Firebird wrote: tifosi77 wrote:
Firebird wrote:This never would've made it to trial if the police released the photo's of a beat up Zimmerman, as opposed to waiting 2 months.
The police didn't actually have any pictures of 'beat up' Zimmerman. The only photos taken at the scene were shot by a neighbor, the cops never got a picture of Zimmerman's wounds before they were cleaned up by the EMT.
They showed photos in court taken in the police station with dried up blood on the back of his head, right?
Also, I'm sure the neighbor showed his photo some where soon after the shooting. They chose not to share it.
But the station photos with the dried blood present a considerably less compelling case for Zimmerman being reasonably fearful for his life or of being in danger of grievous bodily harm. (The wounds didn't even need stitches, fwiw) I think the neighbor's photos only came to light through the pre-trial discovery process, not the police investigation. (Could be wrong on that, but I seem to recall reading that in the last week or so)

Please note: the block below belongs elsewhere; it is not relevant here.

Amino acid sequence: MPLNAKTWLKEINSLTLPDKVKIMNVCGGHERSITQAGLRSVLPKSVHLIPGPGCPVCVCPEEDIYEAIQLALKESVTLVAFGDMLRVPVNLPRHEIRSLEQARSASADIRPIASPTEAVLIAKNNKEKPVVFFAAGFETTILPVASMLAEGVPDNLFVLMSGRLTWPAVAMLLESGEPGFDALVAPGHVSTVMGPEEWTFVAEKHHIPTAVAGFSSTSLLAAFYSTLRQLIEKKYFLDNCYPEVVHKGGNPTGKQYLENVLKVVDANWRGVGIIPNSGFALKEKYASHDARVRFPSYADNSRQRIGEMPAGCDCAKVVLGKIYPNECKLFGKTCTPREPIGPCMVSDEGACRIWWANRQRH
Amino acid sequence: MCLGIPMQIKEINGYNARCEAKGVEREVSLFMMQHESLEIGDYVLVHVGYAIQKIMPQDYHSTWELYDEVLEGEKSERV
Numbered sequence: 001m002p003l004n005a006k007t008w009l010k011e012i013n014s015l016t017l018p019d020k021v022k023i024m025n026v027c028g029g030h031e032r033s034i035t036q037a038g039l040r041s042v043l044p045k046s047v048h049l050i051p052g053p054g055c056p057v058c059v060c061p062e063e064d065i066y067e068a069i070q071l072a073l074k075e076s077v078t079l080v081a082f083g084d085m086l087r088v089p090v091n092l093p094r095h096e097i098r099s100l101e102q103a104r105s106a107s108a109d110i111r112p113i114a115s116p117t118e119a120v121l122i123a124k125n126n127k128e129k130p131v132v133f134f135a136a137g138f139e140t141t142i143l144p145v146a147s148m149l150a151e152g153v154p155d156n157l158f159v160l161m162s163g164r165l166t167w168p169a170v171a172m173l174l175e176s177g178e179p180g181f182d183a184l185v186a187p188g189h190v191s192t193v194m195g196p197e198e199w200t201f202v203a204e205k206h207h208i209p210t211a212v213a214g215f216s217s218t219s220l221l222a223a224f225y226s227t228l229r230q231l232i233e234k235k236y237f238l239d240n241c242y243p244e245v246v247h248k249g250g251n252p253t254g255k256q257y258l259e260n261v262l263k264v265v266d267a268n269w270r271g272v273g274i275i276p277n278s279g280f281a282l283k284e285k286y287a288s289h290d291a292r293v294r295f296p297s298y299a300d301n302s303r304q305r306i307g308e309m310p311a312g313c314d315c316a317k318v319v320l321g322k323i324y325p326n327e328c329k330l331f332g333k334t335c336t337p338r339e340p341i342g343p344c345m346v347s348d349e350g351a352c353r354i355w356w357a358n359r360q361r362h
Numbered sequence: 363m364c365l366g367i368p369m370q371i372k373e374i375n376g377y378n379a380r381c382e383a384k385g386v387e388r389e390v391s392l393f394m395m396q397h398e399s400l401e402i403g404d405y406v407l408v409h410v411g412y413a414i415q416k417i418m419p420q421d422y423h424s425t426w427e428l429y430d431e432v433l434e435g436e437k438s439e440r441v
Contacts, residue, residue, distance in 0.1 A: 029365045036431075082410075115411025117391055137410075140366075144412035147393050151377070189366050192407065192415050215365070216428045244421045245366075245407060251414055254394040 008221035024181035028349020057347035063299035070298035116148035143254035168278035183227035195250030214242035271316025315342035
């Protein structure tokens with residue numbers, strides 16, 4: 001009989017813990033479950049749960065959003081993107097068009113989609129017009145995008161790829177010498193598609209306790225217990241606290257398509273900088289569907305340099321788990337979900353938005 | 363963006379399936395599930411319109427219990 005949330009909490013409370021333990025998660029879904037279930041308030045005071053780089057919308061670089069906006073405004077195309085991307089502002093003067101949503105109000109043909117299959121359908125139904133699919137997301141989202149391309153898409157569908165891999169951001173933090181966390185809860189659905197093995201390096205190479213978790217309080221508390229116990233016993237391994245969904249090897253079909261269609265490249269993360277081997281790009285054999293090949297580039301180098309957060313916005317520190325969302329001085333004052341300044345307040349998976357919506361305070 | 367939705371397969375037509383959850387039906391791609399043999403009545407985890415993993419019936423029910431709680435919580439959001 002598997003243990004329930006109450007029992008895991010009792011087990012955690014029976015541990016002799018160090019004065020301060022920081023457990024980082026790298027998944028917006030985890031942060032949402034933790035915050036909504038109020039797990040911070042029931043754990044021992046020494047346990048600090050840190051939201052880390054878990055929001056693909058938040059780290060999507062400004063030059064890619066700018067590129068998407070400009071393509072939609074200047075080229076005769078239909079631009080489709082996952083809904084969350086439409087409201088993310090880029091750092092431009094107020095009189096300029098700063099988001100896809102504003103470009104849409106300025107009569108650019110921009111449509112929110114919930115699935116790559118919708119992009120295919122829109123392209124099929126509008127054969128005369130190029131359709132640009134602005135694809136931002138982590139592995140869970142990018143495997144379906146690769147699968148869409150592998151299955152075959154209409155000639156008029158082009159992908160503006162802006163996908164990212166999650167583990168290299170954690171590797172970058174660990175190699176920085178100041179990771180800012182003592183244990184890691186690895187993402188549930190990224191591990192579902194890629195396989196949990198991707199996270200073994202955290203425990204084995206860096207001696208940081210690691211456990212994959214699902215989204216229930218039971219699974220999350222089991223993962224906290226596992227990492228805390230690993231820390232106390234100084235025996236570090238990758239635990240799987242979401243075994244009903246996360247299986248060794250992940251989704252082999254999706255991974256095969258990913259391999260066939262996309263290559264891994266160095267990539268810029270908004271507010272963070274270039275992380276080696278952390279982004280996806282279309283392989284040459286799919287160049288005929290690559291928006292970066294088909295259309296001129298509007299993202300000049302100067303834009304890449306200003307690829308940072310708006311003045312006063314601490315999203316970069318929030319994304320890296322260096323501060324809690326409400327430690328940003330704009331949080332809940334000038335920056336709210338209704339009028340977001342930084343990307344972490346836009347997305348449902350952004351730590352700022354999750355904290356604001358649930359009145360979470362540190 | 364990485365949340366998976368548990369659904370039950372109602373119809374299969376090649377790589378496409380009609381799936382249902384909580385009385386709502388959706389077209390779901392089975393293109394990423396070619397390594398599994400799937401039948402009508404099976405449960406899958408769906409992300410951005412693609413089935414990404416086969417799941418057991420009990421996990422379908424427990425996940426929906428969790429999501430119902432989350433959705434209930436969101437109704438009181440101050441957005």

The point there being that the police's inaction on the night of the incident could have made it harder for Zimmerman to claim self-defense than it maybe needed to be. And it may have also had the knock on effect of also making the prosecution's job more difficult by not properly documenting the crime scene.
Shyster wrote:I don’t think merely following someone would qualify.
I have to call a bit of BS on that.
1) He had placed a 911 call because he deemed TM to be suspicious, therefore he was - by his own estimation - following a prospective criminal, who may or may not be armed themselves;
2) Zimmerman was not 'merely following' anyone, he was providing information to 911 on the person's movements;
3) As the 911 call wore on, he ignored the 911 dispatch operator's words about not following the person, and lied to police when questioned about it.
Everything about his actions indicate that he was attempting to assist in 'apprehending' Martin. Which at best can be described as foolhardy.
Given all of that, in a similar situation, who among us here would have chosen to follow the person on foot? I've been in broadly similar situations, but with the key difference of knowing who I was following and having a more complete understanding of the potential risks I was exposing myself to by pressing on. Zimmerman was ignorant of the situation, yet chose to move on foot in the dark during a rain storm to follow someone he was told to stop following, who - by his own estimation - was a likely criminal.